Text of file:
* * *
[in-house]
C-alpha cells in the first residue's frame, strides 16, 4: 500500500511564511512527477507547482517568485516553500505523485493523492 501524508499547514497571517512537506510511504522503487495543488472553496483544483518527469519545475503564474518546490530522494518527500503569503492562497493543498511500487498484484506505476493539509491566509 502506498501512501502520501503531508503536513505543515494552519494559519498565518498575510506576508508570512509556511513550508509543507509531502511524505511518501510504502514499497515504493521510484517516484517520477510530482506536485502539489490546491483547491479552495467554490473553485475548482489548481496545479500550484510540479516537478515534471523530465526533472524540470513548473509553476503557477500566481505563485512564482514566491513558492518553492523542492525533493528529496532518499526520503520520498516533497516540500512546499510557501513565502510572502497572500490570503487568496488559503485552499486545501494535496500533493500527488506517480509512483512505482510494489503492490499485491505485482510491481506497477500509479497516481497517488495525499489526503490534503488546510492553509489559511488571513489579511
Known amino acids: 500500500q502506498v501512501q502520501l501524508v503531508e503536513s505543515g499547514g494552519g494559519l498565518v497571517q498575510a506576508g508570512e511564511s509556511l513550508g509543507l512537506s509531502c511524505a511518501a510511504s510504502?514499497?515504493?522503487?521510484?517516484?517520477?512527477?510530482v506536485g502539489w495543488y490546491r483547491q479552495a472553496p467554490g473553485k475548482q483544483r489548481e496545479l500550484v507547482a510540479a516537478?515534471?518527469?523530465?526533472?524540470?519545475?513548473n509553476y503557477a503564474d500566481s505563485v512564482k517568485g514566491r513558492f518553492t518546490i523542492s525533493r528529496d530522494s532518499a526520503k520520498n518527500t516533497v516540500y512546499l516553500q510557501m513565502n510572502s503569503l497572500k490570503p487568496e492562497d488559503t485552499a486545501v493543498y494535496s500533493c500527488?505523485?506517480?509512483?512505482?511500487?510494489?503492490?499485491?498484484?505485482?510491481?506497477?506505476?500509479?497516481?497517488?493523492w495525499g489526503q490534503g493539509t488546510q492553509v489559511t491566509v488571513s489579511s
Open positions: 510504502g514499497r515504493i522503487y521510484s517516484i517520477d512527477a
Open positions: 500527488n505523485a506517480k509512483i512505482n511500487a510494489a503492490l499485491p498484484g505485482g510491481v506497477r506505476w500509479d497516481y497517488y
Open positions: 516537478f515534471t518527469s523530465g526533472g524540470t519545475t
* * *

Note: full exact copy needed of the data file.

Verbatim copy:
[in-house]
C-alpha cells in the first residue's frame, strides 16, 4: 500500500511564511512527477507547482517568485516553500505523485493523492 501524508499547514497571517512537506510511504522503487495543488472553496483544483518527469519545475503564474518546490530522494518527500503569503492562497493543498511500487498484484506505476493539509491566509 502506498501512501502520501503531508503536513505543515494552519494559519498565518498575510506576508508570512509556511513550508509543507509531502511524505511518501510504502514499497515504493521510484517516484517520477510530482506536485502539489490546491483547491479552495467554490473553485475548482489548481496545479500550484510540479516537478515534471523530465526533472524540470513548473509553476503557477500566481505563485512564482514566491513558492518553492523542492525533493528529496532518499526520503520520498516533497516540500512546499510557501513565502510572502497572500490570503487568496488559503485552499486545501494535496500533493500527488506517480509512483512505482510494489503492490499485491505485482510491481506497477500509479497516481497517488495525499489526503490534503488546510492553509489559511488571513489579511
Known amino acids: 500500500q502506498v501512501q502520501l501524508v503531508e503536513s505543515g499547514g494552519g494559519l498565518v497571517q498575510a506576508g508570512e511564511s509556511l513550508g509543507l512537506s509531502c511524505a511518501a510511504s510504502?514499497?515504493?522503487?521510484?517516484?517520477?512527477?510530482v506536485g502539489w495543488y490546491r483547491q479552495a472553496p467554490g473553485k475548482q483544483r489548481e496545479l500550484v507547482a510540479a516537478?515534471?518527469?523530465?526533472?524540470?519545475?513548473n509553476y503557477a503564474d500566481s505563485v512564482k517568485g514566491r513558492f518553492t518546490i523542492s525533493r528529496d530522494s532518499a526520503k520520498n518527500t516533497v516540500y512546499l516553500q510557501m513565502n510572502s503569503l497572500k490570503p487568496e492562497d488559503t485552499a486545501v493543498y494535496s500533493c500527488?505523485?506517480?509512483?512505482?511500487?510494489?503492490?499485491?498484484?505485482?510491481?506497477?506505476?500509479?497516481?497517488?493523492w495525499g489526503q490534503g493539509t488546510q492553509v489559511t491566509v488571513s489579511s
Open positions: 510504502g514499497r515504493i522503487y521510484s517516484i517520477d512527477a
Open positions: 500527488n505523485a506517480k509512483i512505482n511500487a510494489a503492490l499485491p498484484g505485482g510491481v506497477r506505476w500509479d497516481y497517488y
Open positions: 516537478f515534471t518527469s523530465g526533472g524540470t519545475t